In April, Enbridge’s chief executive, Al Monaco, said Line 3 was on schedule to be completed by the end of the year. Native American tribes see the construction as a violation of their tribal sovereignty, an issue that President Biden explicitly pledged to prioritize during his campaign.
The pipeline would pass through treaty-protected tribal lands, they stress, including watersheds that support wild rice, a staple food and important cultural heritage of the Ojibwe People. And in the event of a spill, the heavy oil traveling through the pipeline could sink to the bottom of rivers and streams, complicating a cleanup, environmental groups warn.
In recent years, protesters in Minnesota and across the country have faced a growing number of local bills, backed by the oil and gas industry, that in many cases would make trespassing on or impeding the operation of pipelines and other infrastructure a felony. Minnesota has not yet passed such a bill, but since construction began at Line 3 in December, the Northern Lights Task Force — a police force funded by Enbridge, as mandated under the state’s approval of the pipeline project — have arrested more than 70 protesters since construction began on Dec. 1, according to a task force tally.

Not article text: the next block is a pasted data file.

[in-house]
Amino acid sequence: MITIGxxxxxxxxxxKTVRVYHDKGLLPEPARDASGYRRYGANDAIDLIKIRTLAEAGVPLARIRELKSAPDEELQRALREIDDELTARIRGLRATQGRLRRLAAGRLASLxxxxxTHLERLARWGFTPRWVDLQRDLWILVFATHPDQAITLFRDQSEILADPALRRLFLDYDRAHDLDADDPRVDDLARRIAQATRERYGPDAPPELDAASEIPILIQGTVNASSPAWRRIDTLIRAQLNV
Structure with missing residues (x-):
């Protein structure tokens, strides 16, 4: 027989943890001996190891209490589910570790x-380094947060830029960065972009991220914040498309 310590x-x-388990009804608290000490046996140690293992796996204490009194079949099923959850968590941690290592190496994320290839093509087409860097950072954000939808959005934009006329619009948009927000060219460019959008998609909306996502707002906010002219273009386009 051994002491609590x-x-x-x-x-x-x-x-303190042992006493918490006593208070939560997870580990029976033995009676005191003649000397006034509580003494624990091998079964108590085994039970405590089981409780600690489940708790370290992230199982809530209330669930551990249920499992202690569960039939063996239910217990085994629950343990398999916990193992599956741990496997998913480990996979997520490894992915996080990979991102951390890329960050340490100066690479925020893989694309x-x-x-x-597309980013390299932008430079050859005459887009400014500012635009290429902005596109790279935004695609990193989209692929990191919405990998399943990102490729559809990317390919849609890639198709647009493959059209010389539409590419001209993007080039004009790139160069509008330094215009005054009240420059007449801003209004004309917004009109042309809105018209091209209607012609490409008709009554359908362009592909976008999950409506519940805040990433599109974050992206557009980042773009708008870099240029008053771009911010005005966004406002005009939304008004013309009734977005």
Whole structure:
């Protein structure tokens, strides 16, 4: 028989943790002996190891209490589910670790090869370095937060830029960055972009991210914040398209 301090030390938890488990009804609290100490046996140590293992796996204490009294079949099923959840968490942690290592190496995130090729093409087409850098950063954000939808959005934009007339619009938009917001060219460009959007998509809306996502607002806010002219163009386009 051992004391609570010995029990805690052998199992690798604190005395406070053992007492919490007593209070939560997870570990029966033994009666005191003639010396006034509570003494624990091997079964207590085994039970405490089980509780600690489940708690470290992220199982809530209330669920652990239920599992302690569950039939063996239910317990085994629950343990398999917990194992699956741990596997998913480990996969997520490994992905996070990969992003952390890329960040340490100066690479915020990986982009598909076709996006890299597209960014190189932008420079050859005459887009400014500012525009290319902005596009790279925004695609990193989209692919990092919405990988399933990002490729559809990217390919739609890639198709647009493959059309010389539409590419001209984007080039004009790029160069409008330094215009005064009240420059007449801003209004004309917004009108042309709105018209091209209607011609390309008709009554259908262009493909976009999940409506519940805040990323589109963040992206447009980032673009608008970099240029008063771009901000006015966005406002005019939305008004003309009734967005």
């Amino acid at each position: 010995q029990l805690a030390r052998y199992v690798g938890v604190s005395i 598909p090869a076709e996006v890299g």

The Line 3 expansion also tests the Biden administration’s commitment to climate policy.
In his first week as president, Mr. Biden signed an executive order vowing to address climate change, rejoined the Paris climate agreement among the nations of the world, and canceled another pipeline, the Keystone XL, which would also have brought tar-sands oil, one of the dirtiest forms of energy, from Canada. He also recently suspended oil drilling leases in the Arctic National Wildlife Refuge.
At the same time, the Biden administration has defended a huge Trump-era drilling project and has taken other actions that could guarantee the drilling and burning of oil and gas for decades. And the president has so far stayed silent on Line 3, which would carry enough oil that, when burned, would add nearly 200 million tons of greenhouse gases to the atmosphere each year during the pipeline’s lifetime, according to the project’s Final Environmental Impact Statement. That’s the equivalent impact of annual emissions from 45 coal-fired power plants, or 38 million cars.
“Particularly from a climate standpoint, the case for a brand-new, massive tar-sands pipeline is extremely thin and frankly nonexistent,” said Moneen Nasmith, an attorney with the environmental legal organization, EarthJustice, which is challenging the pipeline.